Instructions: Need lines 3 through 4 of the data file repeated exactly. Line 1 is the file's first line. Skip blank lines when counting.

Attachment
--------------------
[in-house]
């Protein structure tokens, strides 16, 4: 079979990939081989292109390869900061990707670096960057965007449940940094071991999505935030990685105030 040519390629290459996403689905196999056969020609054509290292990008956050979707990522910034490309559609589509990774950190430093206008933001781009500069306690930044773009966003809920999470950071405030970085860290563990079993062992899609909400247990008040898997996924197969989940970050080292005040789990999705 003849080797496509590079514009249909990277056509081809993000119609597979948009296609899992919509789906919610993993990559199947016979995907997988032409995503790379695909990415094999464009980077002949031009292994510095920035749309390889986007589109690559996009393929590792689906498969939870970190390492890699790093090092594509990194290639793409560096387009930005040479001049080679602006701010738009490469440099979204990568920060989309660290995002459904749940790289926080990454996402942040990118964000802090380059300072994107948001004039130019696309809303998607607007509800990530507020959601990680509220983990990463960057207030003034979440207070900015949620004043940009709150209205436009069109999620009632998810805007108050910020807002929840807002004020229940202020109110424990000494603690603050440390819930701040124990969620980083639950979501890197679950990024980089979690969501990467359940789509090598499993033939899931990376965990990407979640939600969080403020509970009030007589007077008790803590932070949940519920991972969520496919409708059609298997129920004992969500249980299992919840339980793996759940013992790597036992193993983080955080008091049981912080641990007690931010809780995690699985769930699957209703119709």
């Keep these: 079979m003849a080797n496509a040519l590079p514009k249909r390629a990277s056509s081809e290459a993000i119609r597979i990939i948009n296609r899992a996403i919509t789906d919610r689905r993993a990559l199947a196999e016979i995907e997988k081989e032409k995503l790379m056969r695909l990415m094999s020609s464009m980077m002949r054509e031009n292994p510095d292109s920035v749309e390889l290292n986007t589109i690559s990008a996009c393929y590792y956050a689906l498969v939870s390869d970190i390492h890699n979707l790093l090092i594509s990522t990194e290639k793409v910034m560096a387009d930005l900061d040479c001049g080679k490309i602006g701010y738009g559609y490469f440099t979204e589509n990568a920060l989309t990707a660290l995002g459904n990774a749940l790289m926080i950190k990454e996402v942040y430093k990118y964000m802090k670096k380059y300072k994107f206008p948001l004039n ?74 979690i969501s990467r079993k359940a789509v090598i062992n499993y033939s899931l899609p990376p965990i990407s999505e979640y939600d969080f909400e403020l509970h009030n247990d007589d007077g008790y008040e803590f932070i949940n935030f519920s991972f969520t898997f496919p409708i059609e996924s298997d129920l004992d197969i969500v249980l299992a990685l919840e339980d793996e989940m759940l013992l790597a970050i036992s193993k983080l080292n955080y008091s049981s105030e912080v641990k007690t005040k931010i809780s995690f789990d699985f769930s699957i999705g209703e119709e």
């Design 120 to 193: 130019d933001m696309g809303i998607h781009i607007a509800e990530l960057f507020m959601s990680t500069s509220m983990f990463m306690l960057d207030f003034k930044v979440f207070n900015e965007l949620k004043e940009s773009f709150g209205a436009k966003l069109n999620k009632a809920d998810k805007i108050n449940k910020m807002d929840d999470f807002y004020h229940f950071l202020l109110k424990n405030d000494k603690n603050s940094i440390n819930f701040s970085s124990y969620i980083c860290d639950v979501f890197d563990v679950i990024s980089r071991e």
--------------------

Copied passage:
């Keep these: 079979m003849a080797n496509a040519l590079p514009k249909r390629a990277s056509s081809e290459a993000i119609r597979i990939i948009n296609r899992a996403i919509t789906d919610r689905r993993a990559l199947a196999e016979i995907e997988k081989e032409k995503l790379m056969r695909l990415m094999s020609s464009m980077m002949r054509e031009n292994p510095d292109s920035v749309e390889l290292n986007t589109i690559s990008a996009c393929y590792y956050a689906l498969v939870s390869d970190i390492h890699n979707l790093l090092i594509s990522t990194e290639k793409v910034m560096a387009d930005l900061d040479c001049g080679k490309i602006g701010y738009g559609y490469f440099t979204e589509n990568a920060l989309t990707a660290l995002g459904n990774a749940l790289m926080i950190k990454e996402v942040y430093k990118y964000m802090k670096k380059y300072k994107f206008p948001l004039n ?74 979690i969501s990467r079993k359940a789509v090598i062992n499993y033939s899931l899609p990376p965990i990407s999505e979640y939600d969080f909400e403020l509970h009030n247990d007589d007077g008790y008040e803590f932070i949940n935030f519920s991972f969520t898997f496919p409708i059609e996924s298997d129920l004992d197969i969500v249980l299992a990685l919840e339980d793996e989940m759940l013992l790597a970050i036992s193993k983080l080292n955080y008091s049981s105030e912080v641990k007690t005040k931010i809780s995690f789990d699985f769930s699957i999705g209703e119709e």
């Design 120 to 193: 130019d933001m696309g809303i998607h781009i607007a509800e990530l960057f507020m959601s990680t500069s509220m983990f990463m306690l960057d207030f003034k930044v979440f207070n900015e965007l949620k004043e940009s773009f709150g209205a436009k966003l069109n999620k009632a809920d998810k805007i108050n449940k910020m807002d929840d999470f807002y004020h229940f950071l202020l109110k424990n405030d000494k603690n603050s940094i440390n819930f701040s970085s124990y969620i980083c860290d639950v979501f890197d563990v679950i990024s980089r071991e």